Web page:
Thomas Nesbitt, Executive Associate Dean, UC Davis Health System

Title: Telemedicine: Improving Access to Quality Medical

In order for patients to receive quality medical care, high-quality information must be available in order to make the next health care decision. Both accurate information about the patient and information about current medical science relating to the patient’s condition must come together at the point of care. Advance information, sensor, and telecommunication technologies have a significant role to play in this process. This presentation will discuss how these technologies are being applied to improve care, particularly to areas that traditionally have lacked specialty expertise. Evidence for the effectiveness of telemedicine and the future of telemedicine will also be discussed.

James Spohrer, Director, Almaden Services Research, IBM Almaden Research Center

Title: Who put the sensors in my product — oops, I mean our service system?

Sensors are getting smaller, and they are showing up in more and more places. From tires to jet engines, to skyscrapers, to oil platforms, to game controllers, to people, to pets, there is a lot of valuable information out there, and sensors are hard at work making measurements and collecting data. In the good old days, manufacturers would mass-produce products and sell them to customers who would use them. Today, service providers provision a service to customers, and never let go of the product core, but provide sensor-enriched products to gather information and create an on-going relationship. For example, why sell a jet engine, when you can provide a propulsion service and keep track of everything the customer does with your/their/our engines? Transactions to relationships. Products to service systems. When you use my X, I can get information about your Y. Service science is the study of customer-provider interactions and how more value can be created for both parties (service = value co-creation). The more information the provider has about the customer, the better win-win value proposition they can create – this can improve quality, productivity, regulatory compliance, and future innovation capacity of service systems. The more information the customer has about alternative providers, if switching costs between service systems remain low, the more customers can select the best value proposition with the most competitive service system. Better sensors, better information, better value propositions, and better service systems.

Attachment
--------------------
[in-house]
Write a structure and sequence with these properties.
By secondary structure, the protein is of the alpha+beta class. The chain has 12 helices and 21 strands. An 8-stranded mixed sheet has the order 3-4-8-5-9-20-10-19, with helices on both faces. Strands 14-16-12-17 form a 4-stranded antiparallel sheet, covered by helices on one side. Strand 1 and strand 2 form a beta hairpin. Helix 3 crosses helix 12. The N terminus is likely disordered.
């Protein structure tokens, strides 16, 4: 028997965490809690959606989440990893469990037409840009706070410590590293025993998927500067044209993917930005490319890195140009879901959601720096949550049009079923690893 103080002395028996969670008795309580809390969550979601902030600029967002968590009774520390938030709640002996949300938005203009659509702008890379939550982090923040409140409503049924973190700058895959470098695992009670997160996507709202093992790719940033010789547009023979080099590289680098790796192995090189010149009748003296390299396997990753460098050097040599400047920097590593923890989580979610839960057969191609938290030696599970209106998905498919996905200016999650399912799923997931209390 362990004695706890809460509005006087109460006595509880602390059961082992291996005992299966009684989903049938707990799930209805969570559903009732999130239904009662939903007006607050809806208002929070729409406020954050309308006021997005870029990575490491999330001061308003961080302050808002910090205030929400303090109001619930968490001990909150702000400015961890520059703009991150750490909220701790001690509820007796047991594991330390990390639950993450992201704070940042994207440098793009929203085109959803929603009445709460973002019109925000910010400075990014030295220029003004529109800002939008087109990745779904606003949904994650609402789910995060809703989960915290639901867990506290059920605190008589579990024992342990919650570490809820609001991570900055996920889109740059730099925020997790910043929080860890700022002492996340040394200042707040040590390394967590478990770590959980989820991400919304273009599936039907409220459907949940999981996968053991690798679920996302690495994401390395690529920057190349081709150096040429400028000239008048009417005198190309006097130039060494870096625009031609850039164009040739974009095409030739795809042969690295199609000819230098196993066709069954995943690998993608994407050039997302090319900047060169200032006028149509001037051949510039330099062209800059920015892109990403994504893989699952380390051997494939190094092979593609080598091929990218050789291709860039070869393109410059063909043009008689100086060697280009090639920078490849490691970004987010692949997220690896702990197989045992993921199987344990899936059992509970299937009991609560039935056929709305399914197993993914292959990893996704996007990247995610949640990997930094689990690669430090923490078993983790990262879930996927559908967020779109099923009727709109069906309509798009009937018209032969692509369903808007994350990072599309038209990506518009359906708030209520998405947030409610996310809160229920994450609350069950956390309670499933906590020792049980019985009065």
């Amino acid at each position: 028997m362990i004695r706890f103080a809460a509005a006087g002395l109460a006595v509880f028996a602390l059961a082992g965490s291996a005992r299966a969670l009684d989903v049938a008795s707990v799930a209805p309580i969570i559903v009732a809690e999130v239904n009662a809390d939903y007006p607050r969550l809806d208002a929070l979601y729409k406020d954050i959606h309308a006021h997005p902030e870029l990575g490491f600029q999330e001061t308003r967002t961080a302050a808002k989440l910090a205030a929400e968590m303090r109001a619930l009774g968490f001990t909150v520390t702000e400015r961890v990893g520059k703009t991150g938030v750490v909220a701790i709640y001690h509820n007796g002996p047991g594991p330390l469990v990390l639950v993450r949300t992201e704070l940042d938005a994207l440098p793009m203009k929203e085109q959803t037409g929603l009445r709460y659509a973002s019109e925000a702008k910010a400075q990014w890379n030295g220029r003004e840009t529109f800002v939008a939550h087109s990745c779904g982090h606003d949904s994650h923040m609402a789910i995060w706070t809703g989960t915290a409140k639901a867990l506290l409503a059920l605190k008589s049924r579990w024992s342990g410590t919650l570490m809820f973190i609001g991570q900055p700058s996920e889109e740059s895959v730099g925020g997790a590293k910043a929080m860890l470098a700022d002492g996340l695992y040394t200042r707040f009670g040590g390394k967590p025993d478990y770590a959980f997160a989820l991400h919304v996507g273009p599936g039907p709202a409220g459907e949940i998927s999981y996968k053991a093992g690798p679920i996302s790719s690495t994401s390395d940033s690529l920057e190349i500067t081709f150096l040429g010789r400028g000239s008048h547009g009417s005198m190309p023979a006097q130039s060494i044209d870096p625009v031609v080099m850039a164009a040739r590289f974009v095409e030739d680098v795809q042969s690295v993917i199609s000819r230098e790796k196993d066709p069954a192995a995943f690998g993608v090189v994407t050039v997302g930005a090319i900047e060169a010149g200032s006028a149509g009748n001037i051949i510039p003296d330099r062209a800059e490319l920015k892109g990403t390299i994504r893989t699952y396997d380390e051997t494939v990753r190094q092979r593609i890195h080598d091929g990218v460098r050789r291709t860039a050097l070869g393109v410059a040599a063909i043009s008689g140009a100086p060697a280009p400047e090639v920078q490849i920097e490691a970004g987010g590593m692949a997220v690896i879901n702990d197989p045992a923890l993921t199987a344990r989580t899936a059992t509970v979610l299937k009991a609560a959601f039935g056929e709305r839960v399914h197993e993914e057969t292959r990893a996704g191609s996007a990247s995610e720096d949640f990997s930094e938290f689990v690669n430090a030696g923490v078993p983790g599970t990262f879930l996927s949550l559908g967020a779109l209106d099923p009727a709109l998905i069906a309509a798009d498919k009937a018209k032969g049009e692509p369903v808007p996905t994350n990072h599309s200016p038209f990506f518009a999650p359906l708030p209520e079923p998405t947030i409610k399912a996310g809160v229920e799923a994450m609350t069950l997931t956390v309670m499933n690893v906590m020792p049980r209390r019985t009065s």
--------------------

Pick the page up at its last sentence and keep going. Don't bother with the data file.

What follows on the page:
Peter Williams, CTO, IBM Big Green Innovations –
Sensing and Water Management

Title: Sensing and Water Management

Approximately 2.3bn people live in water-stressed areas today, with this number increasing to 3.5bn by 2025. Those affected include developed areas such as the Western USA, SE Australia, and SE England, as well as third world countries. At the same time, the management of water resources and infrastructure is characterized by manual processes operating on incomplete, fragmented, or absent data about the status of water resources in any given area. The ability to sense many dimensions of water quantity and quality, combined with sensing of atmospherics, soil conditions, and other factors, provides the basis to create up-to-date or even real-time information on which water management decisions can be taken. The net result will be that the same quantity of available water should support more domestic, agricultural, and industrial consumers.

Paul Wright, Acting Director of CITRIS and the Banatao Institute@CITRIS; A.
Martin Berlin Chair in Mechanical Engineering, UC Berkeley

Title: Greater Energy Efficiency in a Time of Reduced Resouces and Global Warming

The CITRIS Demand Response project is increasing energy efficiency in California by using wireless-based technologies that monitor energy use and lower it when prices or demand are high. This automatic load reduction can avoid rolling blackouts in California’s summer heat and save as much as $5 billion in energy costs and four million metric tons of carbon each year. PG&E has recently begun the installation of their “Smart Meter,” an effort related to CITRIS research and technology. And eleven million homes in California may be outfitted with smart, indoor thermostats that are a direct result of CITRIS research. These devices contain small cheap radios that can receive emergency signals and up-to-date price information from the utility company to drive more efficient energy usage.

Thomas Zimmerman

Title: Human Interface Sensors; The Fulcrum for Innovation
and Success

The iPod and iPhone are great examples of how sensors can enable simple elegant interfaces that produce tremendous success in the marketplace. The Nintendo Wii gaming system does not boast the fastest processor or most sophisticated graphics engine, but the Wii handheld controller with a three-axis accelerator and fast motion tracking camera has propelled sales to over 12 million units in the first year, exceeding Xbox and Playstation3 sales. In this talk, we shall review other products that use sensors to create innovative human interfaces and speculate on what kind of sensors and interface designs will affect future products.